Following the advice of the manager, Louise, we walked to the rear patio of the Falcon, past the new toilets and shower area, and looked out the back.
Just visible to the four of us in the dark of a cold Saturday night were a dozen or so oval-shaped small wooden huts, in woodland setting, with lights twinkling. It was like a scene from a children’s fantasy film.
The glamping pods – luxury cabin-style accommodation – are half of the shock of the new at the Falcon.
The other is the food – it’s gone from typical country inn nosh to upmarket gastro pub, serving traditional and tasty British fare but with a modern individual twist.
Both aspects, I’m glad to say, have enhanced the historic coaching inn (it does still offer “normal” B&B accommodation).
We’ve always appreciated its warm welcome and atmosphere, and that’s still there in abundance, sitting comfortably alongside the refinements.
From the extensive menu – with more choices on the large blackboard – and with several tempting mains and desserts around the corner, we decided on just one starter.
The hot smoked salmon, radish and fennel salad, with jar of prawns Marie rose and toasted rye bread, was, as with everything, delightfully presented.
I’d saved myself for the steak pie – the menu promised a lot, and the kitchen delivered. A hot water crust was satisfyingly crunchy, and beneath, piping hot, was the tenderest of braised chuck steak, already in gravy but with an additional jug of “really beefy” gravy.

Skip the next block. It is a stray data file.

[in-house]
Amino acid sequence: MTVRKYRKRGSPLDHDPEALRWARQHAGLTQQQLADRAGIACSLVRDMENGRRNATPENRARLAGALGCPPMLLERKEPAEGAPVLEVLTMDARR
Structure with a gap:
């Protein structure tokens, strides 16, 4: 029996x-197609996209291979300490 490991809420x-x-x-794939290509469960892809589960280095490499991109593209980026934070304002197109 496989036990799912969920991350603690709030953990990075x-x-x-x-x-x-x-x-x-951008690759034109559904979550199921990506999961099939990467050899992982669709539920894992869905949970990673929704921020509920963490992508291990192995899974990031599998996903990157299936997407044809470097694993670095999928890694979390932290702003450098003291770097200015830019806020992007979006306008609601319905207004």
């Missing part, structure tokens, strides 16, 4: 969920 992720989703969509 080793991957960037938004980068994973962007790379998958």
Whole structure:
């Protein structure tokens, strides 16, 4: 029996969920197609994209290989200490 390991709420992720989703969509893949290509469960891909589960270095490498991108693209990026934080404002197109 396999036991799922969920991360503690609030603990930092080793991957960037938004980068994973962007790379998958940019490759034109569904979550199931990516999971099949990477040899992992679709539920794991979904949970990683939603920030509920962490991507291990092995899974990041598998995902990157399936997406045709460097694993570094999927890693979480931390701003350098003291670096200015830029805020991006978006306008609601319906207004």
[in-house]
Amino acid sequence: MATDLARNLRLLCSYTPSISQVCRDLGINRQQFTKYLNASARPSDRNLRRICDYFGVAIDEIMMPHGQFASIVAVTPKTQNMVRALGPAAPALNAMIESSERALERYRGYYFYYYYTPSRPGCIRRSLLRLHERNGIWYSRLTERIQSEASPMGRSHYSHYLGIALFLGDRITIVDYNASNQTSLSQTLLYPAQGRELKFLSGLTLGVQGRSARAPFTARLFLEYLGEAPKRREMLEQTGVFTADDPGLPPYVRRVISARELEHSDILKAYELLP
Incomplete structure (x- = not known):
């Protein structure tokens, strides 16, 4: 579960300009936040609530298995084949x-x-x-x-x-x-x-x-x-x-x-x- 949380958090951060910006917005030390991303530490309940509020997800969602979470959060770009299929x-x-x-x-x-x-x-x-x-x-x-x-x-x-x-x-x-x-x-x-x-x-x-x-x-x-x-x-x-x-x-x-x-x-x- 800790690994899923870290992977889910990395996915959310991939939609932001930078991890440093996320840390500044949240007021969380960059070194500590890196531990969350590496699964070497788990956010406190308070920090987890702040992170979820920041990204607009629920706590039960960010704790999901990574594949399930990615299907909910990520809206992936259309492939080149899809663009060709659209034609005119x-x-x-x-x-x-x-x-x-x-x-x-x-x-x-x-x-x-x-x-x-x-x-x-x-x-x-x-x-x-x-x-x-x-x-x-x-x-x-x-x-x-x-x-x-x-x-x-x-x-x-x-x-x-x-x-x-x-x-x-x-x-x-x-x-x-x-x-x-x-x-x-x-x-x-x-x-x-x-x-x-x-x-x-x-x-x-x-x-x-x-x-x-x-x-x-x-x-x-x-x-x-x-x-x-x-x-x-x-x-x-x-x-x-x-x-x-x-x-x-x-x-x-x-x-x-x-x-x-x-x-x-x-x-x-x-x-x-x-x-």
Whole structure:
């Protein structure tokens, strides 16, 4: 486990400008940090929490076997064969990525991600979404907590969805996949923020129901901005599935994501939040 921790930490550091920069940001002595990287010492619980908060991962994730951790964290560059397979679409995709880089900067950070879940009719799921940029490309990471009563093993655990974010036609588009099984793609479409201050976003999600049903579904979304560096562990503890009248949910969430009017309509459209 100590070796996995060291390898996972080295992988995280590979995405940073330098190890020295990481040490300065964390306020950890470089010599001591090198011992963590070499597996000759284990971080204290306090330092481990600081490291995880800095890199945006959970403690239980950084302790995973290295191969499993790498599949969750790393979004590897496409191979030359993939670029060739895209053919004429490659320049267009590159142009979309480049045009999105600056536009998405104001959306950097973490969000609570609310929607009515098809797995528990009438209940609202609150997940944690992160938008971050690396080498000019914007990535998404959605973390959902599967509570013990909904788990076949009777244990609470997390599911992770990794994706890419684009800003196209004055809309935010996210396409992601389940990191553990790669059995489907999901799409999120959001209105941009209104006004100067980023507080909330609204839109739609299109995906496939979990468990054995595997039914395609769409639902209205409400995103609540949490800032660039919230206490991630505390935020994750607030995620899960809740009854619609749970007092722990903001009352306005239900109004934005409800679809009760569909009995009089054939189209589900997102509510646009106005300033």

Alongside was red cabbage and tenderstem broccoli, but I saw very little of the mini-saucepan of chunky chips – my son had demolished a child’s portion of bangers and mash and promptly set about my chips.
Our other mains choices were slow cooked lamb shank, creamed potato, braised red cabbage, baby onion and pancetta; and roast chicken, air dried ham, goat’s cheese stuffing, spiced leeks, lemon and cracked black pepper and buttered new potatoes.
Both were delicious; the lamb flaked easily from the bone and was surrounded by generous helpings of veg and mash, while the chicken, with tasty cheese filling, was given extra kick by the spiced leeks.
There were plenty of other mains, with some neat touches. The fish with the fish and chips, for example, came beer-battered and cooked in beef dripping, while the homemade burger in toasted bun offered a choice of five toppings.
The 10oz dry aged sirloin, with choice of four sauces, was tempting. And no bog-standard gammon – it comes with fried duck’s egg and pineapple pickle.
From the dessert blackboard I was drawn to “Whitby Gothic”, one of the ice-cream scoop choices. It turned out to be liquorice and blackcurrant flavour, and vied with the ban- offee and the amaretto and black cherry scoops to tingle the tastebuds.
Our other sweet choice was white chocolate and strawberry cheesecake ... as gorgeous as the ice cream.
At nearly £70, the bill was fairly hefty, but the service was excellent and the quality of food and innovation top-notch. I’ve paid more at “top” restaurants for nowhere near as good a meal.
Menu choice 8